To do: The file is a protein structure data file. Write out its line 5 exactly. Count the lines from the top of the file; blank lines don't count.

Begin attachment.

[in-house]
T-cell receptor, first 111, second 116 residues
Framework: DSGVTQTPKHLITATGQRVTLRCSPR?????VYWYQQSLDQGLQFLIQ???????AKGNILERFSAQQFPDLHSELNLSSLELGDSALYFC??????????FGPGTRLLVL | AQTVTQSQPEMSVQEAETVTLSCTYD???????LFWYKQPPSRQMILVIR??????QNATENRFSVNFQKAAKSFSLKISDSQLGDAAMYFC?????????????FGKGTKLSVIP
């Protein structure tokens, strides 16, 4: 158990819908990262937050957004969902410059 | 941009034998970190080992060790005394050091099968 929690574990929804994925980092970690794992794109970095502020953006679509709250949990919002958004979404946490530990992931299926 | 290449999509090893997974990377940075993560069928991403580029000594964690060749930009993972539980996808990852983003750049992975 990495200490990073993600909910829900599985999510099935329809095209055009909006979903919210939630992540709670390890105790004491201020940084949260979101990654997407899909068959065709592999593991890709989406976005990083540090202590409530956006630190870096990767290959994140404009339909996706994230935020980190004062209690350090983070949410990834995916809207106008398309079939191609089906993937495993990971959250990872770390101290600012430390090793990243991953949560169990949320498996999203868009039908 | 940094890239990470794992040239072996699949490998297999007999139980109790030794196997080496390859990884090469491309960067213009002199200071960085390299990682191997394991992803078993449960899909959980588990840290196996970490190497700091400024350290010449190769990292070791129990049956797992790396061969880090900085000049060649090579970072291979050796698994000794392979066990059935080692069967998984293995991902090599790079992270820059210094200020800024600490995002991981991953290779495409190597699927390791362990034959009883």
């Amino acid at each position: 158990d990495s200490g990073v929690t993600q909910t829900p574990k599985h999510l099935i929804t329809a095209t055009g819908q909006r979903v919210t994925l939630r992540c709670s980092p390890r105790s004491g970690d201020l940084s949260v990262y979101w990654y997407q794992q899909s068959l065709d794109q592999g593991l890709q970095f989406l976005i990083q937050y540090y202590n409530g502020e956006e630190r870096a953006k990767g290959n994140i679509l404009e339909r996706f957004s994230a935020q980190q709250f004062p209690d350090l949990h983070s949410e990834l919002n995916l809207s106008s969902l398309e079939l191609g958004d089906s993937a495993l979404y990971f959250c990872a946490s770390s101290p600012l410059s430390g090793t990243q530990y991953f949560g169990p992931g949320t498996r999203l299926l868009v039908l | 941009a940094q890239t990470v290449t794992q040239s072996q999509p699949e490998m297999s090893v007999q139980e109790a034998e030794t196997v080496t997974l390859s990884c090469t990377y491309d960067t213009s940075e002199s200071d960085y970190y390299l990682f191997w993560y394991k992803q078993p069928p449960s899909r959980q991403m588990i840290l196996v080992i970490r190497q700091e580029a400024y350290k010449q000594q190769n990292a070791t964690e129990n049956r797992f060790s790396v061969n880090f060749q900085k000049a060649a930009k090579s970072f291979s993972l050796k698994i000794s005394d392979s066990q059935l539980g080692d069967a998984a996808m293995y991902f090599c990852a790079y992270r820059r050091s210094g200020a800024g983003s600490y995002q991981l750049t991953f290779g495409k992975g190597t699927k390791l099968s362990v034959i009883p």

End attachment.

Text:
């Amino acid at each position: 158990d990495s200490g990073v929690t993600q909910t829900p574990k599985h999510l099935i929804t329809a095209t055009g819908q909006r979903v919210t994925l939630r992540c709670s980092p390890r105790s004491g970690d201020l940084s949260v990262y979101w990654y997407q794992q899909s068959l065709d794109q592999g593991l890709q970095f989406l976005i990083q937050y540090y202590n409530g502020e956006e630190r870096a953006k990767g290959n994140i679509l404009e339909r996706f957004s994230a935020q980190q709250f004062p209690d350090l949990h983070s949410e990834l919002n995916l809207s106008s969902l398309e079939l191609g958004d089906s993937a495993l979404y990971f959250c990872a946490s770390s101290p600012l410059s430390g090793t990243q530990y991953f949560g169990p992931g949320t498996r999203l299926l868009v039908l | 941009a940094q890239t990470v290449t794992q040239s072996q999509p699949e490998m297999s090893v007999q139980e109790a034998e030794t196997v080496t997974l390859s990884c090469t990377y491309d960067t213009s940075e002199s200071d960085y970190y390299l990682f191997w993560y394991k992803q078993p069928p449960s899909r959980q991403m588990i840290l196996v080992i970490r190497q700091e580029a400024y350290k010449q000594q190769n990292a070791t964690e129990n049956r797992f060790s790396v061969n880090f060749q900085k000049a060649a930009k090579s970072f291979s993972l050796k698994i000794s005394d392979s066990q059935l539980g080692d069967a998984a996808m293995y991902f090599c990852a790079y992270r820059r050091s210094g200020a800024g983003s600490y995002q991981l750049t991953f290779g495409k992975g190597t699927k390791l099968s362990v034959i009883p």